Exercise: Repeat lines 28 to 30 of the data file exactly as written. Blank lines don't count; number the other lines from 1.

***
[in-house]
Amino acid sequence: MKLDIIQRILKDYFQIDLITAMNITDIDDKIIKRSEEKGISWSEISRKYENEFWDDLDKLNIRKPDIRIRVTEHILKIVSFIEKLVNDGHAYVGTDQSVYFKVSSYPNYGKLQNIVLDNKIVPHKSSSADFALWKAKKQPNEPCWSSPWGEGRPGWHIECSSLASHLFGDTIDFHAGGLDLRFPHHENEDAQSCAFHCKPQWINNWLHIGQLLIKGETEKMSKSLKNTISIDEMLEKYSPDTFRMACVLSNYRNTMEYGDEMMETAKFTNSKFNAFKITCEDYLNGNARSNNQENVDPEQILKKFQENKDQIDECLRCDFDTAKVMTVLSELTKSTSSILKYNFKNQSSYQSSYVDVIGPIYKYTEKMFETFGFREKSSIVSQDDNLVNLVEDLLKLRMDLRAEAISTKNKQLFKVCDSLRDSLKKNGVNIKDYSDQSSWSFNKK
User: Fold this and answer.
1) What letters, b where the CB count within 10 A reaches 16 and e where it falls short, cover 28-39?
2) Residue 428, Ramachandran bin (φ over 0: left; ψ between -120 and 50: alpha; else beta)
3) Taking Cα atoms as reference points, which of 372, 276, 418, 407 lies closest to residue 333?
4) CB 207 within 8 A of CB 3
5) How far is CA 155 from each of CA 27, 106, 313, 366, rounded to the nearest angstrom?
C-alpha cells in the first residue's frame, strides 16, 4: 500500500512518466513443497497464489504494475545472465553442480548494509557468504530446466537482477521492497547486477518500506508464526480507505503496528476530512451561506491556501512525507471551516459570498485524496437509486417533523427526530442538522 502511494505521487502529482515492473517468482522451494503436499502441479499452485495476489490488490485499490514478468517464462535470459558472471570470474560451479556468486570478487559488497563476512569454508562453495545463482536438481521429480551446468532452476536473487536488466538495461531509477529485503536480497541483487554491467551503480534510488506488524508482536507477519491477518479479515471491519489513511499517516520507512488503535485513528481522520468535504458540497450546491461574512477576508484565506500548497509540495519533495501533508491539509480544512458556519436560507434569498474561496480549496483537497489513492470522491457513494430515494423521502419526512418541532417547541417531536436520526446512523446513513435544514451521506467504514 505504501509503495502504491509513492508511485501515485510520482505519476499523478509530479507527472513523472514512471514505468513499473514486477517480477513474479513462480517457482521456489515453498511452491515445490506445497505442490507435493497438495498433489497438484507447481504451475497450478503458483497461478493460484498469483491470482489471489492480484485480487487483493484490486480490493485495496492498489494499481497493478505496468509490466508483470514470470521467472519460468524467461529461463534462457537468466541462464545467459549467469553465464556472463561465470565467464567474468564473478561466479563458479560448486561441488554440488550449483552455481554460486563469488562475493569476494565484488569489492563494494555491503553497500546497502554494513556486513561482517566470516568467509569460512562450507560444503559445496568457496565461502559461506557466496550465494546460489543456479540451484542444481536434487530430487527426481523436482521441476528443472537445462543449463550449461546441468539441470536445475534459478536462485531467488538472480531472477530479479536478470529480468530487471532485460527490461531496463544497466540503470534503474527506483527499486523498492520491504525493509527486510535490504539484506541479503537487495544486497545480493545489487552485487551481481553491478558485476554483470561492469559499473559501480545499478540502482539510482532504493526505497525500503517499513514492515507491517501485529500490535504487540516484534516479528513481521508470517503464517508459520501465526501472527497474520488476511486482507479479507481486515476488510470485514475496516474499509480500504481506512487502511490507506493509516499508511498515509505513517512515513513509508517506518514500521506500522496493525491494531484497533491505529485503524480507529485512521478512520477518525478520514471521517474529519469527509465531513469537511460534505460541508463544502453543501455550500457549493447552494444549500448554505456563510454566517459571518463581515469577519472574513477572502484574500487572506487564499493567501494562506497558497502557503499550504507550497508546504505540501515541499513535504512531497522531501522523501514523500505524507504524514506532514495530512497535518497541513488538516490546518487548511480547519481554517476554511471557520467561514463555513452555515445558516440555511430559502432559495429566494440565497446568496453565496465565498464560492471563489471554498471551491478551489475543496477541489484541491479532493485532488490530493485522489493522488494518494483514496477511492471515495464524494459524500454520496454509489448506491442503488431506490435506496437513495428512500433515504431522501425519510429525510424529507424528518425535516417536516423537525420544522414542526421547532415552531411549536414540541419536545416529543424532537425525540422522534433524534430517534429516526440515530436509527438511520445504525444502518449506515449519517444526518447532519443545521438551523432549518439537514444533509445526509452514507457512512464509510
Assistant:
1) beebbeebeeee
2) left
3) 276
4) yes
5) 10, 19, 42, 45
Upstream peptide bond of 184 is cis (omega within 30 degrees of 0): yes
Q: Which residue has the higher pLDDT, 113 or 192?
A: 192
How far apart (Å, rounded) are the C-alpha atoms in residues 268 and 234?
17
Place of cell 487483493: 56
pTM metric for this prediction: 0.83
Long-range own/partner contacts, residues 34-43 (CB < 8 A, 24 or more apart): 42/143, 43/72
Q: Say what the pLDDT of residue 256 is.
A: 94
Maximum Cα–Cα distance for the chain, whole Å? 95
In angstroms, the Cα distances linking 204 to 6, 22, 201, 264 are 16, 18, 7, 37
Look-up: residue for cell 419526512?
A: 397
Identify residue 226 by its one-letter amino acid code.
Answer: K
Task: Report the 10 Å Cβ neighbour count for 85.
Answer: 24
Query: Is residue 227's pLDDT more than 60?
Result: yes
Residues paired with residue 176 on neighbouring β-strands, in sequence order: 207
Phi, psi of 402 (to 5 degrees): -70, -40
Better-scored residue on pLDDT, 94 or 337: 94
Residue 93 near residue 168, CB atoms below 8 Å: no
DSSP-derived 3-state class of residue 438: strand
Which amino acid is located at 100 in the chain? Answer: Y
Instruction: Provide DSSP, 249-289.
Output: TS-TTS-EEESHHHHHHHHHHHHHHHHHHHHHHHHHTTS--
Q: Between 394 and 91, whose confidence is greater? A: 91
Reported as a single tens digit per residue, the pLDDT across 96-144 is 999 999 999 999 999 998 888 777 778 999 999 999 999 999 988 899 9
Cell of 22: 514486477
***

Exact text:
Look-up: residue for cell 419526512?
A: 397
Identify residue 226 by its one-letter amino acid code.